Abstract and Keywords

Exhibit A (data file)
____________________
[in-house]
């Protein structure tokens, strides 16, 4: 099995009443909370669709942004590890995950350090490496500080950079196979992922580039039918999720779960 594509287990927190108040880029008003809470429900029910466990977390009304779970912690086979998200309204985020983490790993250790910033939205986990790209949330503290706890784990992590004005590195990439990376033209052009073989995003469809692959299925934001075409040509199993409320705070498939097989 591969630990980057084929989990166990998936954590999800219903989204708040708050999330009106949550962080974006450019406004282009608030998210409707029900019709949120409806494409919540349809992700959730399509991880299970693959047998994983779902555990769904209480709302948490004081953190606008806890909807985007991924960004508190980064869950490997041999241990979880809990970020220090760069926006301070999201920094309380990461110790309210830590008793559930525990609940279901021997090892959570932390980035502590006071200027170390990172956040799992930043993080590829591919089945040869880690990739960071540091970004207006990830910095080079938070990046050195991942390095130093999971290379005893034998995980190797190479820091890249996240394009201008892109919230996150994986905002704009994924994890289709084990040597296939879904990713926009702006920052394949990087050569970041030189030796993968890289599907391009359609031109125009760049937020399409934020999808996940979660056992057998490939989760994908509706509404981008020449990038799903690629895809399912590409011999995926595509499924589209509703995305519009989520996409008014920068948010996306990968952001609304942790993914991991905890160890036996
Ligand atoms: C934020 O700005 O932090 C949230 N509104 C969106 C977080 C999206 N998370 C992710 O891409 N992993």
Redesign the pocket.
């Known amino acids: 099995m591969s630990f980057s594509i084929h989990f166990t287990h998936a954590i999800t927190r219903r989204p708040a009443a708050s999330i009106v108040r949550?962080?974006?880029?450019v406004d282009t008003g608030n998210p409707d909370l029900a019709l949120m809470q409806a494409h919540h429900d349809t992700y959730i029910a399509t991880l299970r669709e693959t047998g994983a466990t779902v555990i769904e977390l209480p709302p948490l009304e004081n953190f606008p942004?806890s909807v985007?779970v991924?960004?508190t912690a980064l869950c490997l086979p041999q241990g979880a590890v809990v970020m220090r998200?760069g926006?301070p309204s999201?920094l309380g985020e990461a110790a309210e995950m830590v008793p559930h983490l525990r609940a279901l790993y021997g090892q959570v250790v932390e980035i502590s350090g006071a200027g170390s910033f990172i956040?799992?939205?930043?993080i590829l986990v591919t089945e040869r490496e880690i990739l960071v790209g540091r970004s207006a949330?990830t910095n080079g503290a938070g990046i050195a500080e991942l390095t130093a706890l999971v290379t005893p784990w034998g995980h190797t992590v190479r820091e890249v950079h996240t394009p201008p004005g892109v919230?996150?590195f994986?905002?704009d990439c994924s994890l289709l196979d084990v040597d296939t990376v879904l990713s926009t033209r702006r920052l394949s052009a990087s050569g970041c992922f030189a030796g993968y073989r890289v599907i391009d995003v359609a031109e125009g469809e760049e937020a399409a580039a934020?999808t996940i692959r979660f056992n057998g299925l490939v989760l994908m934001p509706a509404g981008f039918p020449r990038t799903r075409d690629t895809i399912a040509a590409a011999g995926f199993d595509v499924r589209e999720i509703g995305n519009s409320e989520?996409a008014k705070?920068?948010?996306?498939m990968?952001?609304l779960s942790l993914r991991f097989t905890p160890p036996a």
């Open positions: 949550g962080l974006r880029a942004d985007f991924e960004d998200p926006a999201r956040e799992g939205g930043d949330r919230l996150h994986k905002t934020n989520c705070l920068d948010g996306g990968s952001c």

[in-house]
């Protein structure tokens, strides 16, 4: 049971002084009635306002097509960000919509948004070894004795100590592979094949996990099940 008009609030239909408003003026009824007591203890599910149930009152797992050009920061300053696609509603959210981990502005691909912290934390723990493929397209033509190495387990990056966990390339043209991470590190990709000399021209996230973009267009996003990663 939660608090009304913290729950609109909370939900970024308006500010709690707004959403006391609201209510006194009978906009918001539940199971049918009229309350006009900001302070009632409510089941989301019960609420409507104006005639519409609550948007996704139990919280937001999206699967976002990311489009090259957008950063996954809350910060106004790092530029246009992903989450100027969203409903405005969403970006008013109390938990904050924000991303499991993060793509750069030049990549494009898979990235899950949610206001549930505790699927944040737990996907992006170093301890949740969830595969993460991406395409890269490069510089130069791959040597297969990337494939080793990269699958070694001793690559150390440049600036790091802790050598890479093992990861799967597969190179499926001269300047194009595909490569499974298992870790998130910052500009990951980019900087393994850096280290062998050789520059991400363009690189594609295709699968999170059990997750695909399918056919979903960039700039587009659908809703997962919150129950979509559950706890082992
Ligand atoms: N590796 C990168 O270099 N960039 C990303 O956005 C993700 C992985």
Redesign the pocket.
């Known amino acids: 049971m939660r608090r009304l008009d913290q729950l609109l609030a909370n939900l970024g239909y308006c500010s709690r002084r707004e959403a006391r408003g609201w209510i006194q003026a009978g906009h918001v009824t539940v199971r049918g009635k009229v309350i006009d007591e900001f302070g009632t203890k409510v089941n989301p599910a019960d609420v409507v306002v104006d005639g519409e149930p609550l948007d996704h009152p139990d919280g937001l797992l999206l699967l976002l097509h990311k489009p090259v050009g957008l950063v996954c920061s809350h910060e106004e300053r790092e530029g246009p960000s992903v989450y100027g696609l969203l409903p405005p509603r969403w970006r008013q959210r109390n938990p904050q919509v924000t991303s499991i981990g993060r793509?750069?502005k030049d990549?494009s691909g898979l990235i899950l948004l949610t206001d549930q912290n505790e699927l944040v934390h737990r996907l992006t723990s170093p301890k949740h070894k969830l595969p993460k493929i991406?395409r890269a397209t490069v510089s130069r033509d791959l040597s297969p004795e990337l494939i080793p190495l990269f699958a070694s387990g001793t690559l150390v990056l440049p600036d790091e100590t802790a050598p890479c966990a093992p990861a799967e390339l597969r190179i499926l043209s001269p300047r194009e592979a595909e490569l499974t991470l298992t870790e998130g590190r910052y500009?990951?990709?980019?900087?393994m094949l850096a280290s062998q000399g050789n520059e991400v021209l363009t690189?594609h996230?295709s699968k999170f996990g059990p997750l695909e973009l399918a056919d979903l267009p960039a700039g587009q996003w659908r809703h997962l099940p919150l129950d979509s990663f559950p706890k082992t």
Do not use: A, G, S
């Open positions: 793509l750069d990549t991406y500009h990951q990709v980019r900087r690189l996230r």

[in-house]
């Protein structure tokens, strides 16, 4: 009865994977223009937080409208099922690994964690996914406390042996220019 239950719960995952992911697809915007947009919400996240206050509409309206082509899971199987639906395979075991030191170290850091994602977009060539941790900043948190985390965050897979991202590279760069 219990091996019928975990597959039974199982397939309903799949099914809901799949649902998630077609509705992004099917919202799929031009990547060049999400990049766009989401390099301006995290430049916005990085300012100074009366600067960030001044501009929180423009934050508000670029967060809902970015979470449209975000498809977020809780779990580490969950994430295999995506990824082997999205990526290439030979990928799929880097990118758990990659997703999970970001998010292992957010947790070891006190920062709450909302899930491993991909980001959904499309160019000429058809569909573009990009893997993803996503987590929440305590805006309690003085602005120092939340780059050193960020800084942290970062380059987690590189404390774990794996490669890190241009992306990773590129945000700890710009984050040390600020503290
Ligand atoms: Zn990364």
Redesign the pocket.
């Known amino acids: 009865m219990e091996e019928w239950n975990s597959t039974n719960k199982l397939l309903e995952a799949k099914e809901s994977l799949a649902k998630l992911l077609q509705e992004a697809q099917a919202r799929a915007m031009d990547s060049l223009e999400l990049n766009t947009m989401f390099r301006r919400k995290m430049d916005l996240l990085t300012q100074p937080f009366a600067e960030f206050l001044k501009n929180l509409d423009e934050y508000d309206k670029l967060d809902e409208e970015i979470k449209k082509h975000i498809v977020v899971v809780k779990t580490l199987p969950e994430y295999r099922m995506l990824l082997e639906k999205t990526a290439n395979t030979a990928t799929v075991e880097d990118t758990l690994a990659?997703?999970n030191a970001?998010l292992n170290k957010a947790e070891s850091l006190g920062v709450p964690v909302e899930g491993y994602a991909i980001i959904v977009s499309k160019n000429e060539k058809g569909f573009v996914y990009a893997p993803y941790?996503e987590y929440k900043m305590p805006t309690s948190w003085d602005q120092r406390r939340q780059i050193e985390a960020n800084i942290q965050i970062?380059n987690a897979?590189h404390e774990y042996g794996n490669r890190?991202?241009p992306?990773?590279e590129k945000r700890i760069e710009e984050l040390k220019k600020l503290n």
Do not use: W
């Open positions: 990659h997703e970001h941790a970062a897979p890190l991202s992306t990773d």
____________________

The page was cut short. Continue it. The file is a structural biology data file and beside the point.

The author presents the arguments of Augustine and Kant for thinking that lying is always wrong no matter what. Act-utilitarianism holds that lying is morally right whenever the consequences of lying are better than (or as good as) those of not lying. Ross rejects absolutism, but says that utilitarianism is too permissive about lying. He holds that there is a duty not to lie, other things being equal. Absolutism about lying is wildly counterintuitive (it implies that the duty not to lie always outweighs any conflicting duties) and the arguments given by Augustine and Kant do not give us adequate reasons to accept absolutism about lying. Act-utilitarianism and Ross’s theory are much more promising theories about the morality of lying. Augustine, Kant, and Ross all hold that lying is morally worse than deception without lying. Utilitarians deny that there is any morally relevant difference between lying and deception.
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